, , , , , , , , ,

Just as the family was the basic building block of society, the village was the basic administrative unit in ancient Tamilakam polity. A typical nadu comprised more than a hundred villages. A shitru-arasar (minor king) ruled a nadu.

The next level was the central administration of state which included the capital territory, often the largest and most powerful of the nadus. The geographical limits of the capital territory and nadus defined the territorial limits of the sovereign king.

The district was an intermediate division between the nadus and the central administration. The administrators of these districts, the king’s representatives, focussed on tax collection—who evolved into the “collector” in the administration set up by the British Raj. But local political power rested with the shitru-arasars.

Agriculture and animal husbandry were the mainstay of produce. Cottage industries grew and artisanship evolved into hereditary classes of skilled workmen. Each village became a self-sufficient economic unit, a tiny state within the state.

The total tax payable, as covered in an earlier blog post, was one-sixth the harvest. The central administration levied a similar rate on the pastoralists, artisans and merchants. During times of distress, such as a poor harvest, disease outbreaks among the herds or natural calamities, the king reduced the tax rate.

Besides taxes, each village had to contribute armed manpower to the central administration during times of war.

As long as the village paid its dues—to the shitru-arasar who took his share and relayed the balance to the sovereign king—each village and nadu enjoyed autonomy in managing their affairs. Foreign relations were the prerogative and responsibility of the king.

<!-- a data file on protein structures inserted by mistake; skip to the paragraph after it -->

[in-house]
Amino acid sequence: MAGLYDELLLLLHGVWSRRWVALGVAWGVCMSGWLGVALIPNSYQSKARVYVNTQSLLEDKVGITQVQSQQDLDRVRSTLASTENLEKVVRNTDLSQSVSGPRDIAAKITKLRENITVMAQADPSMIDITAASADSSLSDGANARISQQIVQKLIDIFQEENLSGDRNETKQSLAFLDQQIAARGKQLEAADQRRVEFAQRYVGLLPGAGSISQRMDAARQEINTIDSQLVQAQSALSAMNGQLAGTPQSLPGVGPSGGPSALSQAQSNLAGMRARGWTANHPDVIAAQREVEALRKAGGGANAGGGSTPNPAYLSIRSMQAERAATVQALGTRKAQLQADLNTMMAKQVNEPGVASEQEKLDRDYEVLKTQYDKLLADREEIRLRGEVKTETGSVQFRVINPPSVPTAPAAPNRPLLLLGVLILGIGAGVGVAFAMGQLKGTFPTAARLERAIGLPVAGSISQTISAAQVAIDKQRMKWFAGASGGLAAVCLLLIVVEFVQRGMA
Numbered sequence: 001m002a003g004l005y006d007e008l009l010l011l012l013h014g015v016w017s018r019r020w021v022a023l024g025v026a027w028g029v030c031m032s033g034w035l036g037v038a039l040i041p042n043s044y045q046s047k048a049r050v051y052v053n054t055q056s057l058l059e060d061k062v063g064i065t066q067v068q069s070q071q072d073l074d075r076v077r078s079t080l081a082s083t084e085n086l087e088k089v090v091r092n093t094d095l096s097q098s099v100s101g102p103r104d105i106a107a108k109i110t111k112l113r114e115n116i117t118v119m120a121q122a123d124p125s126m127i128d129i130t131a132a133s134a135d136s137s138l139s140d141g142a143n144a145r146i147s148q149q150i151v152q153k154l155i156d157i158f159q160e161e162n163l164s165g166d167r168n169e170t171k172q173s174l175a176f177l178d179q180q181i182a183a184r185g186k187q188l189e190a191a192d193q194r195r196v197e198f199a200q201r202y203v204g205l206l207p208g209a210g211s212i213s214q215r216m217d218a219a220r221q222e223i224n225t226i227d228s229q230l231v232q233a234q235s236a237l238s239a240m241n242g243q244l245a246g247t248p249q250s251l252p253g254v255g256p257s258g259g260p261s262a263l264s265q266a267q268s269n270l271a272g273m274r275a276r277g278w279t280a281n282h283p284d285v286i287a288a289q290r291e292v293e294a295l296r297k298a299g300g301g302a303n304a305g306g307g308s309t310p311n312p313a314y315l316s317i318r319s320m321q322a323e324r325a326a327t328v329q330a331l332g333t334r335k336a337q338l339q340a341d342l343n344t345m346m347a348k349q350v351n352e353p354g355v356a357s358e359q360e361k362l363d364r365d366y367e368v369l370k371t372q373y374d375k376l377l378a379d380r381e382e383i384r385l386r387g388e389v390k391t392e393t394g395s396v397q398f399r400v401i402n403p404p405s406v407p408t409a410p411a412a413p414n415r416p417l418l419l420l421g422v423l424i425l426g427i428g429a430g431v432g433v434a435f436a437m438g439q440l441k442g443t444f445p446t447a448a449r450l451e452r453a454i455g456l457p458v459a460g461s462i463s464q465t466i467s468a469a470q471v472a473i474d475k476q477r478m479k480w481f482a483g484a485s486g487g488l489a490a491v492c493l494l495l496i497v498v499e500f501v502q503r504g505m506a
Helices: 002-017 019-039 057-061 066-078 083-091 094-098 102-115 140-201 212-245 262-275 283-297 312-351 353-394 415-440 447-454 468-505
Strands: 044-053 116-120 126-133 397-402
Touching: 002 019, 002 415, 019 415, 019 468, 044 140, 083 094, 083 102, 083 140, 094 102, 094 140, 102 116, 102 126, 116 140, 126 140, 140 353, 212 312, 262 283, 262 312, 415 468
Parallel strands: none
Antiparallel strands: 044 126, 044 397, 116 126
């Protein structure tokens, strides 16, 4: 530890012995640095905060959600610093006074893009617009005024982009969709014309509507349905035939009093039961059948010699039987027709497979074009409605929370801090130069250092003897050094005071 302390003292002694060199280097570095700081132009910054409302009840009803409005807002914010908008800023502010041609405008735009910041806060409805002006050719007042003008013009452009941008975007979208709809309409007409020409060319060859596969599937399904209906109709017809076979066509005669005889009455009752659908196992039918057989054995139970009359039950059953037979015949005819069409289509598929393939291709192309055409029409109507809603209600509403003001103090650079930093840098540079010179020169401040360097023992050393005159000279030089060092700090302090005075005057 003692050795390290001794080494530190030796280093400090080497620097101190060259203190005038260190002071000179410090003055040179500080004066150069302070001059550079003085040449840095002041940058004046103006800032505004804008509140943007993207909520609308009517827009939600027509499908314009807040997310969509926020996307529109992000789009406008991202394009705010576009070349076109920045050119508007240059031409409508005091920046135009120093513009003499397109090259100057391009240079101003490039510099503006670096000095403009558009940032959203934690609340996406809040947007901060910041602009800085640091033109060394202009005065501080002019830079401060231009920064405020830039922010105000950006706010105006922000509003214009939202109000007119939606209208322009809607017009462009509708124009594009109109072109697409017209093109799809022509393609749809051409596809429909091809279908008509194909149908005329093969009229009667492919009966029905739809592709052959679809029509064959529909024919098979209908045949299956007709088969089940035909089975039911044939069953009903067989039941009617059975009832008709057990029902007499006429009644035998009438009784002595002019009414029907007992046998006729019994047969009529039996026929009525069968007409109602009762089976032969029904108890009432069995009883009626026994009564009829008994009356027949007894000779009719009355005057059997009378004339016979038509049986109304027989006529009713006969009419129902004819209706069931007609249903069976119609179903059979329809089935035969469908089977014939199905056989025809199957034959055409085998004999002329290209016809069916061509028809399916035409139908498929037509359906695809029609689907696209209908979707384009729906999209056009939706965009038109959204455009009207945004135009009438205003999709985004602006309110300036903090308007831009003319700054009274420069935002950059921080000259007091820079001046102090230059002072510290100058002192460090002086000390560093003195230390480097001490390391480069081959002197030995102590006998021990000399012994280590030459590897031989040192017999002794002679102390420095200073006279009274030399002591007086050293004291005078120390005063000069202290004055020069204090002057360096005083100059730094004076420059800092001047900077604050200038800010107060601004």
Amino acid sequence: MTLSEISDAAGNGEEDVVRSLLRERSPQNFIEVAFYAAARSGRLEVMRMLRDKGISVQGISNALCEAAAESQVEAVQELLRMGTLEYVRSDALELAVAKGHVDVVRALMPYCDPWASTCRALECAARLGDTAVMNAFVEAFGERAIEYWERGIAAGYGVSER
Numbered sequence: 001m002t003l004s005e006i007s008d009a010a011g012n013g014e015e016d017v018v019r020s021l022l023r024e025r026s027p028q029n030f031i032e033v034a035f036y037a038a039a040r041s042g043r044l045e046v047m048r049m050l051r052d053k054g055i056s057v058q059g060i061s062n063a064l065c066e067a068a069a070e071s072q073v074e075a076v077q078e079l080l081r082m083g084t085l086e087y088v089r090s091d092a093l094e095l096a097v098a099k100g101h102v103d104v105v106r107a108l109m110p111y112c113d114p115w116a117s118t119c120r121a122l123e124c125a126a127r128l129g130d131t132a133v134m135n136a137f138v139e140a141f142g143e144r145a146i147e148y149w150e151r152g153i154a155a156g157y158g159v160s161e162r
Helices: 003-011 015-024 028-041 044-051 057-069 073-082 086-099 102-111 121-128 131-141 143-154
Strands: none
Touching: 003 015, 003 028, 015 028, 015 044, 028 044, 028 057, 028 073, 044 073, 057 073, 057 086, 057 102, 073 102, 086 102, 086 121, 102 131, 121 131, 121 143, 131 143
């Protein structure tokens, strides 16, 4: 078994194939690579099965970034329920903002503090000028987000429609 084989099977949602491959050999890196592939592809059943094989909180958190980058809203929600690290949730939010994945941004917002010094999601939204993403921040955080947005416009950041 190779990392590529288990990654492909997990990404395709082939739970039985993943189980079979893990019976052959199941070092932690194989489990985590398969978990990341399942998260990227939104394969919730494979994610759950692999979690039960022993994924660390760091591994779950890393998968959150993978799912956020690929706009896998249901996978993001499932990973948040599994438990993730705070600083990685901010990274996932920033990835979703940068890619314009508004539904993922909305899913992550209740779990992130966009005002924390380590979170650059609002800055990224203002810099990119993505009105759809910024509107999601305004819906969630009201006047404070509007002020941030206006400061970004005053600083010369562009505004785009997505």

Village elders formed committees—mandram—to supervise drainage and sanitation, upkeep of roads/footpaths and water tanks in the village and its precincts. The people respected and accepted these elders on account of their resourcefulness, integrity and impartiality.

They also built walls around the village. In ancient times, walls complete with either moats or deep trenches surrounded every village and town. In times of trouble, people abandoned their farmlands and withdrew behind these walls. These were not the towering stone walls of medieval times but low mud walls that kept out roving bandits.

One of the most important aspects of self-government was regarding justice. That was the purview of a mandram called the “panchayat”. Elders resolved disputes regarding land, water, adultery, family inheritance or even a neighbour’s barking dog.

The panchayat sat on a broad sun baked mud plinth built around a large canopied tree in the village centre. The centre was the focus for communal activities such as dance and drama, and the market. Besides the temple, this was another place for young men and women to catch sight of one another—under the watchful eyes of the elders.

Security—kaval—was another important duty vested on the village administration. Roving bands of miscreants and wild animals were common and village guards kept them at bay. The kaval met visitors, recorded their business and ensured the visitors vacated the village before nightfall, unless they had secured permission to spend the night. A respected person in the village must sponsor requests to spend the night.

Kavalans (which came to mean “king” in the earlier days) patrolled the village streets and precincts. Sometimes, the kaval provided an escort to travelling minstrels and drama troupes up to the outskirts of the village.

In centuries to come, self-sufficient villages combined with the kaval system evolved and became a source of revenue and military power for the shitru-arasars—to the great consternation of the colonialists. More of this in later posts.

Next week: Stirrings of War in Ancient Tamilakam

Copyright @ Eric Alagan, 2019